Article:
- Copyright © 2001 Society of Exploration Geophysicists
Seismic sedimentology is the use of seismic data to study sedimentary rocks and the processes by which they form. It differs from classic seismic stratigraphy in that it uses mainly the horizontal, instead of the vertical, character of seismic data to provide high-resolution images of seismic attribute patterns that can be related to geomorphology and depositional models. A display of seismic attributes on geologic time surfaces is the basic tool of seismic sedimentology. However, there are strict limitations and conditions under which reservoir geometries can be optimally delineated on time and/or horizon slices. Specifically, the slice must be picked at or parallel to a geologic time-equivalent seismic event. This condition is seldom satisfied in practice because of structural dipping and lateral thickness variations of depositional sequences. Stratal slicing of 3-D seismic data overcomes some shortcomings of time slicing and horizon slicing by proportionally slicing between geologic time-equivalent seismic reference events. This facilitates the seismic mapping of sedimentary features on depositional surfaces.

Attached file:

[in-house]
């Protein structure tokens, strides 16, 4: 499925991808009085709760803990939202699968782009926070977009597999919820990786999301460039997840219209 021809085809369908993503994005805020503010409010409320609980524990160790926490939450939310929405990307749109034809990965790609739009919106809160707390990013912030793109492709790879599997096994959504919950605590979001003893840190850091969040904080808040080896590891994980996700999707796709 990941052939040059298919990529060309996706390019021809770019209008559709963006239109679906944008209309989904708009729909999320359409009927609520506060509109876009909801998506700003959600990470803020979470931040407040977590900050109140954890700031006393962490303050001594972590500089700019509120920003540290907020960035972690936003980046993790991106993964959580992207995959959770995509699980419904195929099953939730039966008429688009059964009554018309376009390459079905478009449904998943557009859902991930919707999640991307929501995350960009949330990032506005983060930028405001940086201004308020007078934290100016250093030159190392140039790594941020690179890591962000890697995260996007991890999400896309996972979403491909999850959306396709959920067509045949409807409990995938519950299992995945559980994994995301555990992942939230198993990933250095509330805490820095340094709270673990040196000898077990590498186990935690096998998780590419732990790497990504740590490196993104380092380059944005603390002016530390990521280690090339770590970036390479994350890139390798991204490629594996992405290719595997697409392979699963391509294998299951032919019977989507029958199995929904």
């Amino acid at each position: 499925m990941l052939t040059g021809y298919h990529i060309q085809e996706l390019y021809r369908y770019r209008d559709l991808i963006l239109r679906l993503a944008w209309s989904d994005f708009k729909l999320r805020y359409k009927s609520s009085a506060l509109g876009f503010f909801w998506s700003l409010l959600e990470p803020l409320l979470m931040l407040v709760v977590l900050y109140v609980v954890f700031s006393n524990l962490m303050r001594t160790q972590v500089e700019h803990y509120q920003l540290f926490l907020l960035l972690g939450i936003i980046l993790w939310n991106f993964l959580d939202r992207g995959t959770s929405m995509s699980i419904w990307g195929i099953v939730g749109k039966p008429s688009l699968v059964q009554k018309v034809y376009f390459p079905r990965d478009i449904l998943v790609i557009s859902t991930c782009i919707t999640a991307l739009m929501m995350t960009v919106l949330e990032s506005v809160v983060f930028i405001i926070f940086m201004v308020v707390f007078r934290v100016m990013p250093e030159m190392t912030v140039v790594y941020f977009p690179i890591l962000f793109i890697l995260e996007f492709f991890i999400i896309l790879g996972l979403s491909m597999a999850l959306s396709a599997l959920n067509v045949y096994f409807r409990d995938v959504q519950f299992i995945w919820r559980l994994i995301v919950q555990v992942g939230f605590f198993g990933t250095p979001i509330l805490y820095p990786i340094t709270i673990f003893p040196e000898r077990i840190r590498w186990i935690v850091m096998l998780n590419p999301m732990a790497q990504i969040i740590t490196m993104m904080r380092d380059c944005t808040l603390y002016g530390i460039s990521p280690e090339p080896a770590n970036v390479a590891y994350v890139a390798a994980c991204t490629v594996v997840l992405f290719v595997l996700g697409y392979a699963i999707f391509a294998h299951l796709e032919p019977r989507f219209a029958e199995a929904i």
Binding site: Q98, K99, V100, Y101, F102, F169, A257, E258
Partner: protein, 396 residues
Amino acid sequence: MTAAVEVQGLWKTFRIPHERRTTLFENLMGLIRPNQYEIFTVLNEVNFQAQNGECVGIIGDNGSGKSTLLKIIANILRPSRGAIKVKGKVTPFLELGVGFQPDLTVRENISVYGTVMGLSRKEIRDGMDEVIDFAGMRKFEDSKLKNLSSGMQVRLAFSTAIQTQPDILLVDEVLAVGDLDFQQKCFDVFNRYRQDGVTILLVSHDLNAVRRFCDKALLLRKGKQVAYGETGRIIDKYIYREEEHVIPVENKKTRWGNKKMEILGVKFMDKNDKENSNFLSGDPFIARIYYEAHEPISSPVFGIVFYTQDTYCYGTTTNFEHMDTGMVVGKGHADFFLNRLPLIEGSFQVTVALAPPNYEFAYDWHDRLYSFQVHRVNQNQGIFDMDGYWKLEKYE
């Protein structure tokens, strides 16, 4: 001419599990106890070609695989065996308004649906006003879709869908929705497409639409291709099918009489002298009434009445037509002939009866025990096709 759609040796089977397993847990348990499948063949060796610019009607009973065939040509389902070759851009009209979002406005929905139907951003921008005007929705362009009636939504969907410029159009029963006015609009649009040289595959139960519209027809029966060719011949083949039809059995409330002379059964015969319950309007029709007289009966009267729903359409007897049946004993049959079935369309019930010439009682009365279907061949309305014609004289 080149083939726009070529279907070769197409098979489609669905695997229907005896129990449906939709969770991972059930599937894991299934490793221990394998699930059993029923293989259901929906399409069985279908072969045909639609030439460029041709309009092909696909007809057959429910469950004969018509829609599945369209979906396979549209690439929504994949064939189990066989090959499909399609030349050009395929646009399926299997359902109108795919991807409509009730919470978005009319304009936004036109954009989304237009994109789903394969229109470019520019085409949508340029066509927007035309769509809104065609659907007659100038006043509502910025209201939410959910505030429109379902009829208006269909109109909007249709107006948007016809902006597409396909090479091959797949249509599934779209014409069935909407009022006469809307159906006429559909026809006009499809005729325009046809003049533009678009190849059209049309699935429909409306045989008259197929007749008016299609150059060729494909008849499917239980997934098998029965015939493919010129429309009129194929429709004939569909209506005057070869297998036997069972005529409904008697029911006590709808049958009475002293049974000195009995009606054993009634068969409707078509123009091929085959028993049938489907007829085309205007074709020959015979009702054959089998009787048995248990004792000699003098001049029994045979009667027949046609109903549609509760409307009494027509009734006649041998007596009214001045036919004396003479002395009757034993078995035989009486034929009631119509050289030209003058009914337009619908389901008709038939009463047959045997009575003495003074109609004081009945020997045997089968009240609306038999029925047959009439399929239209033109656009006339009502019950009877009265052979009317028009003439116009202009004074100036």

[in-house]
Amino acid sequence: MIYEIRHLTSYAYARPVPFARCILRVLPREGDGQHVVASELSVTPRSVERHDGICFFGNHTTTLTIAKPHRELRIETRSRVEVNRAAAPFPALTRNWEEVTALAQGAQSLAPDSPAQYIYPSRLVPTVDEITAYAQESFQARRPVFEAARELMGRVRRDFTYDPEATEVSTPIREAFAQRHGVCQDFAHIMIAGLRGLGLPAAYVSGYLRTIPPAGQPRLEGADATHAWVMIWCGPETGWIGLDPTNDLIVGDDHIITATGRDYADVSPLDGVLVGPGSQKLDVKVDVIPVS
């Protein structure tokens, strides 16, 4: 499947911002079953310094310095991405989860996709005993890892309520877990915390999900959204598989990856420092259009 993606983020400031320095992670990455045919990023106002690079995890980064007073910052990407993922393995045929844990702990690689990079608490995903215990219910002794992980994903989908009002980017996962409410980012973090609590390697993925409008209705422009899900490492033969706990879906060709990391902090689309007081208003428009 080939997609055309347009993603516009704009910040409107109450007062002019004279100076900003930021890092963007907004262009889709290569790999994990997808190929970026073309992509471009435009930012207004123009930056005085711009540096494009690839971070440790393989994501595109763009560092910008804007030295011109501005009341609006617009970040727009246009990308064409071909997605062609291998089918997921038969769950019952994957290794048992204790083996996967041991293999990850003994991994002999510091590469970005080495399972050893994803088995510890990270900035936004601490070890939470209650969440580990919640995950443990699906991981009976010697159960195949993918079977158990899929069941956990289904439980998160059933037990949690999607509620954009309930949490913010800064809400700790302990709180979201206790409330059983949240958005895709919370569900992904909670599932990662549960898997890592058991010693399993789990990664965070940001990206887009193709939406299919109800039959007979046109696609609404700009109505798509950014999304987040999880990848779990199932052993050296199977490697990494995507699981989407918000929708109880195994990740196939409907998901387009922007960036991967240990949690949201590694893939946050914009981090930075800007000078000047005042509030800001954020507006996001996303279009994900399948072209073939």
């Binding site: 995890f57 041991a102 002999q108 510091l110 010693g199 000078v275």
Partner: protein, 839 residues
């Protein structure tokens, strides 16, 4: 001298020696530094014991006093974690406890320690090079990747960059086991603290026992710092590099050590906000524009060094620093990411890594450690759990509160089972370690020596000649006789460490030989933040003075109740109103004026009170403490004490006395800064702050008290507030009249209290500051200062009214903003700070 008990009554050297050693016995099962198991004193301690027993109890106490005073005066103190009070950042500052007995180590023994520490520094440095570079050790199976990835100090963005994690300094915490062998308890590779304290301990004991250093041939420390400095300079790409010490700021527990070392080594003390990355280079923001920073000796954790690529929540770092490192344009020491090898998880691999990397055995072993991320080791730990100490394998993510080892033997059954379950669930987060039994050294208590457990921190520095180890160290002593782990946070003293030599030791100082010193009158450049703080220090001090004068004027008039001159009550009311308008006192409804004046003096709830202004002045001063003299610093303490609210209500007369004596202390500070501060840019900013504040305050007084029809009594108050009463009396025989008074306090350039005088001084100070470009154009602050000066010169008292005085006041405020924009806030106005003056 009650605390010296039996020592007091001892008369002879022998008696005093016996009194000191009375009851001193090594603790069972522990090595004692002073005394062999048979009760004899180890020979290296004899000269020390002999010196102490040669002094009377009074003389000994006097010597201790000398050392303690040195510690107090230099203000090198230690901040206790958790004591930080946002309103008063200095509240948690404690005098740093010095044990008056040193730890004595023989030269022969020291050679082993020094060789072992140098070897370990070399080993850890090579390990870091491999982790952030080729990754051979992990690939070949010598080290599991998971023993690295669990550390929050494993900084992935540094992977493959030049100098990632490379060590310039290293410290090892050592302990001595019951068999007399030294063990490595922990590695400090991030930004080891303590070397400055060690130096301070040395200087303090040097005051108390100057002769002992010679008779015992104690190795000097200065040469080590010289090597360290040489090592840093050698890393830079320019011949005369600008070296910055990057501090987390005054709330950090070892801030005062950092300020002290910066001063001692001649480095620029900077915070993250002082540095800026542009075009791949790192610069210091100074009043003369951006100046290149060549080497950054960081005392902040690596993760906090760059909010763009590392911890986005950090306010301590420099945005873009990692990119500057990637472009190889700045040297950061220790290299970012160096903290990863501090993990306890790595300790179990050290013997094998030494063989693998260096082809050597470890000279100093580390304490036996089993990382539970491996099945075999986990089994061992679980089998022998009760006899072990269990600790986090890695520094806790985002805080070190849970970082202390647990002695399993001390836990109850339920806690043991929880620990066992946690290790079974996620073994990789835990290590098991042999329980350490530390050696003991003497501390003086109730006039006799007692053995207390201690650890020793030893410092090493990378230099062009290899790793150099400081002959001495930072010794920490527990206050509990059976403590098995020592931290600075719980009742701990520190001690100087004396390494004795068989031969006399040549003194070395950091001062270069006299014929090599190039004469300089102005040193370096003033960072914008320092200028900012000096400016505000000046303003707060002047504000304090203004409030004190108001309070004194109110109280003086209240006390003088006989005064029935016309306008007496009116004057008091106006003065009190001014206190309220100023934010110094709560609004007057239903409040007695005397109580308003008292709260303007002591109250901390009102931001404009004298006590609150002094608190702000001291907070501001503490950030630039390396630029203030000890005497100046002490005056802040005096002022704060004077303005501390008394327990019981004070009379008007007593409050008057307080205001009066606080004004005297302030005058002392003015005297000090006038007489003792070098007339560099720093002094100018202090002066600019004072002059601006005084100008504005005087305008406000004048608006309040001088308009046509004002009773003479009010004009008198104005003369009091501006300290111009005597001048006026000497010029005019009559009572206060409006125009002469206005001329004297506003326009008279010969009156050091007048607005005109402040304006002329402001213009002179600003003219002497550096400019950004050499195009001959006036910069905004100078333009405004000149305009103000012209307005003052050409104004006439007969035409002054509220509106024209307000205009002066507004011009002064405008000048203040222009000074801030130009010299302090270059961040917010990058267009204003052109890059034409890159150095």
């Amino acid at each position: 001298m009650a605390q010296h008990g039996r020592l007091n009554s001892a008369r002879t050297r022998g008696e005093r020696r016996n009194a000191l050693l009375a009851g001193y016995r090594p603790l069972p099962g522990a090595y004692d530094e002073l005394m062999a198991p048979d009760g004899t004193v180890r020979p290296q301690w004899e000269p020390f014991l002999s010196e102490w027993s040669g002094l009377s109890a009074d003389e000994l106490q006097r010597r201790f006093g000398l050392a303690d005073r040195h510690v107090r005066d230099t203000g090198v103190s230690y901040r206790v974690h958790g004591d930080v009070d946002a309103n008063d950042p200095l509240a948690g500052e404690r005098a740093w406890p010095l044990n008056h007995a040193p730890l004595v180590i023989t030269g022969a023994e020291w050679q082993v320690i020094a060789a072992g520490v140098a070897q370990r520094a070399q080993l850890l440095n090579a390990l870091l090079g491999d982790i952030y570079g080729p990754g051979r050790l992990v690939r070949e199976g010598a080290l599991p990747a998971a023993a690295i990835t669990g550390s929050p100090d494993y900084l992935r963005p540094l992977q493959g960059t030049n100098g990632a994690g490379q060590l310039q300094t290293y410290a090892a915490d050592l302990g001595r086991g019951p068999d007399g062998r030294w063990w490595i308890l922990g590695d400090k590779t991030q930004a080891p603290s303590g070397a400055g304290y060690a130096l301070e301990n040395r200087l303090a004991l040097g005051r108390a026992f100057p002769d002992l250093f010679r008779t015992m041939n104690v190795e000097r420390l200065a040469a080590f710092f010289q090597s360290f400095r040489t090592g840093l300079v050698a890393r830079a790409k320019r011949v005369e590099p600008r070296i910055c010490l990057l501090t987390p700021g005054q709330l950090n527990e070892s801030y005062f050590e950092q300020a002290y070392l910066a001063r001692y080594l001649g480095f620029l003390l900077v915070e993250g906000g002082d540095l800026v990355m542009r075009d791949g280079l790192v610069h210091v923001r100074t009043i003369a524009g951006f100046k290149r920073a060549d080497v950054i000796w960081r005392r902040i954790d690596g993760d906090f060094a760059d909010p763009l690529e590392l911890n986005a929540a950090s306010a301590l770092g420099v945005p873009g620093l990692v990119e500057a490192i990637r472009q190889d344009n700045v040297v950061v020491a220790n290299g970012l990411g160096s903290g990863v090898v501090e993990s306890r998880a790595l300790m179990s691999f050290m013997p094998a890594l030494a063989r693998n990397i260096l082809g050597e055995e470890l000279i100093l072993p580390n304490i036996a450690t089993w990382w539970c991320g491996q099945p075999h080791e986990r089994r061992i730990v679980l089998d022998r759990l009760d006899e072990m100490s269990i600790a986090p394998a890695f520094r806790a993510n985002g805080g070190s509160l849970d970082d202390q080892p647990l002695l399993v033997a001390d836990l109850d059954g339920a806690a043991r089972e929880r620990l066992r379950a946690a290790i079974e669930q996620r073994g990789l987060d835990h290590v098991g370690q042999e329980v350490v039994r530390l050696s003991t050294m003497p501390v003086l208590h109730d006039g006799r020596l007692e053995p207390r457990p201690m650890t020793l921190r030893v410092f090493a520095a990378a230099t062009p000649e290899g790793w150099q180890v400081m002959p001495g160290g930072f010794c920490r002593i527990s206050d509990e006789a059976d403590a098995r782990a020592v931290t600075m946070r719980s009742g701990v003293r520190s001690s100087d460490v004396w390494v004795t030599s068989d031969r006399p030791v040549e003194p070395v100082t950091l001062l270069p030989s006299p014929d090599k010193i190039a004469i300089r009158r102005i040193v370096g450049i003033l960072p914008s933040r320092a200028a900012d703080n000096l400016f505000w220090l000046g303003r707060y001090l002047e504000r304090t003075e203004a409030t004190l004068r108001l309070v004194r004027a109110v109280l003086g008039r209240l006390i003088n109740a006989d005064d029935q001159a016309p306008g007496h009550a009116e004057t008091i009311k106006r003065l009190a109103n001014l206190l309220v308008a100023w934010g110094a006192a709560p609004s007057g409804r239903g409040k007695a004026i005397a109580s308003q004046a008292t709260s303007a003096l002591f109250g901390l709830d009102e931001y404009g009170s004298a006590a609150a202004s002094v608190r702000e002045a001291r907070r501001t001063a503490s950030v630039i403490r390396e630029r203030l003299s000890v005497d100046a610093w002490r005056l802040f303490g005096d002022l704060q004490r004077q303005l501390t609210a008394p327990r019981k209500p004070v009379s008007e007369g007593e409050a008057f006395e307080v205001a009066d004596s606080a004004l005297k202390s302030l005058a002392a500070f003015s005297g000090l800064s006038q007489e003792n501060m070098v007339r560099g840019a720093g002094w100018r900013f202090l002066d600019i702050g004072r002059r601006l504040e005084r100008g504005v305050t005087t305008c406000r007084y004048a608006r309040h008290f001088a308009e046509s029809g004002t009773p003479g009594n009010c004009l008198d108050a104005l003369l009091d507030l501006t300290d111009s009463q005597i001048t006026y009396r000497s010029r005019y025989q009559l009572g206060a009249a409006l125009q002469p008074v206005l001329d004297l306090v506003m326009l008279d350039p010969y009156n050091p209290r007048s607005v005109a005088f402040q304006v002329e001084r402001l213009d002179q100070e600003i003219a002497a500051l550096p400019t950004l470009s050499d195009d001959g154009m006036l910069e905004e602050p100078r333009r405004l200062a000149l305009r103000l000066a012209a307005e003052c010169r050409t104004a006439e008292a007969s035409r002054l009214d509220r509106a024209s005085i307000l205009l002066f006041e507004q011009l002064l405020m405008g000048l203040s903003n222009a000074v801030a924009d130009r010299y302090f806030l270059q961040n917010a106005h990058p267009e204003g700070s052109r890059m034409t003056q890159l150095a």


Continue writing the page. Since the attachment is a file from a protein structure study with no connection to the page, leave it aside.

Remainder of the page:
Miocene deposits in Mioceno Norte, Lake Maracaibo, Venezuela, provide an excellent example of this seismic sedimentological approach. A high-resolution stratigraphic framework, based on wireline logs, defines approximately 30 genetic stratigraphic units (GSU) separated by marine flooding surfaces, lacustrine flooding surfaces, paleosols, and floodplain shales (Figure 1). These GSUs, each 50–150 ft thick, were correlated by tracing low-resistivity shale markers on logs. The origin, scale, and hierarchy of GSUs in Mioceno Norte are similar to those of depositional episodes and genetic depositional sequences defined by Galloway (1989). A GSU, typically bounded by flooding surfaces or paleosols, represents a cycle of coastal progradation commonly capped by transgressive facies and a condensed section. Detailed isopach and facies mapping based on conventional core and SP/GR log-facies patterns showed that the GSU origins are shoreface, deltaic, and fluvial, respectively.